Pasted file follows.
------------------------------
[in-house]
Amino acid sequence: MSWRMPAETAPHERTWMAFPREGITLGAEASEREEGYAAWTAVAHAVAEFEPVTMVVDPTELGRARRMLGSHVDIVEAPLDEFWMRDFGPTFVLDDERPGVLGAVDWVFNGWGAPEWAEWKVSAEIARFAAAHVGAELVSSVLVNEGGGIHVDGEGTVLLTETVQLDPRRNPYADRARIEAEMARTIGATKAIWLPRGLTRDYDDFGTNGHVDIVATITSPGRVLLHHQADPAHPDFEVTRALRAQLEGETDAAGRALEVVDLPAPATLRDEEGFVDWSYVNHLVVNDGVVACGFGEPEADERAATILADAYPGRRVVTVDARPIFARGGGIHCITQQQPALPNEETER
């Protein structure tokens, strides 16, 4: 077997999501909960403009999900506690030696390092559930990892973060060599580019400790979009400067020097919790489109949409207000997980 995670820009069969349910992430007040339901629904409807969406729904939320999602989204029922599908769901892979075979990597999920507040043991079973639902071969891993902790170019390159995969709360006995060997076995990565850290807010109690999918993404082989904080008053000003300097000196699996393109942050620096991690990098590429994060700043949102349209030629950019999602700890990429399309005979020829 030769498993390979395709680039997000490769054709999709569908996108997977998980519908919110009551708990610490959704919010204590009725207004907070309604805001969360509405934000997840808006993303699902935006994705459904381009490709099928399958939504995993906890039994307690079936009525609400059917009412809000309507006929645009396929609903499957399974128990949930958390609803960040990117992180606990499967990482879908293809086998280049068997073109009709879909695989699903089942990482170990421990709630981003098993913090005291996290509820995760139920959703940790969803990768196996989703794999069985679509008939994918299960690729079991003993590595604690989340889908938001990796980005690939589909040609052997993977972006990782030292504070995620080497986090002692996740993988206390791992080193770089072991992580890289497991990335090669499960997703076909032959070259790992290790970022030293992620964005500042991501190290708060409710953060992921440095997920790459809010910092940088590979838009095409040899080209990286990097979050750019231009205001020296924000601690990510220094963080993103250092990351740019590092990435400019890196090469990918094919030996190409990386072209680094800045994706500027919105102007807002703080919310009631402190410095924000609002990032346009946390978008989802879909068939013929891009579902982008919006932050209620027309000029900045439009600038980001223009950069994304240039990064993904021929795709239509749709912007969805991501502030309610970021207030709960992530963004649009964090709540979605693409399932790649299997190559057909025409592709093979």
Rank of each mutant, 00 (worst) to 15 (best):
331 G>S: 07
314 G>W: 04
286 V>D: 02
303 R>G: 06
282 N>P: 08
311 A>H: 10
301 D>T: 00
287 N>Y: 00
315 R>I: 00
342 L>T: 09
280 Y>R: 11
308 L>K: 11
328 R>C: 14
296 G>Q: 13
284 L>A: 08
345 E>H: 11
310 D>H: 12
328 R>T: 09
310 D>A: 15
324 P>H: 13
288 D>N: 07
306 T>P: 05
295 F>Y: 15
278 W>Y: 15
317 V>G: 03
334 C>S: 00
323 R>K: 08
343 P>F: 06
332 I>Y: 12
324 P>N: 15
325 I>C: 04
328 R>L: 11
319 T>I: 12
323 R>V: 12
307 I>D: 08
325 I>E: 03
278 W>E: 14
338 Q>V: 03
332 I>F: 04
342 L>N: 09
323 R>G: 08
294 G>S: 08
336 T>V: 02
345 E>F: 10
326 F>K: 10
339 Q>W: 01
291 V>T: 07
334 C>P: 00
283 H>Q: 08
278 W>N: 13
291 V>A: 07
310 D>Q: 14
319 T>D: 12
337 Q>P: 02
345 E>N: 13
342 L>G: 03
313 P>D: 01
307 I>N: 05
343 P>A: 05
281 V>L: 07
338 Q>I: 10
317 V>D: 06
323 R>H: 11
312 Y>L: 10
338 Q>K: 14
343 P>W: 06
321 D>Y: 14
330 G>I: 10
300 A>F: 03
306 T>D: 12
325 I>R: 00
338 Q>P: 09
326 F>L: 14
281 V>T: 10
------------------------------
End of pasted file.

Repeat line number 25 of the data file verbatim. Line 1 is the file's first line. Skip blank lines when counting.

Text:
288 D>N: 07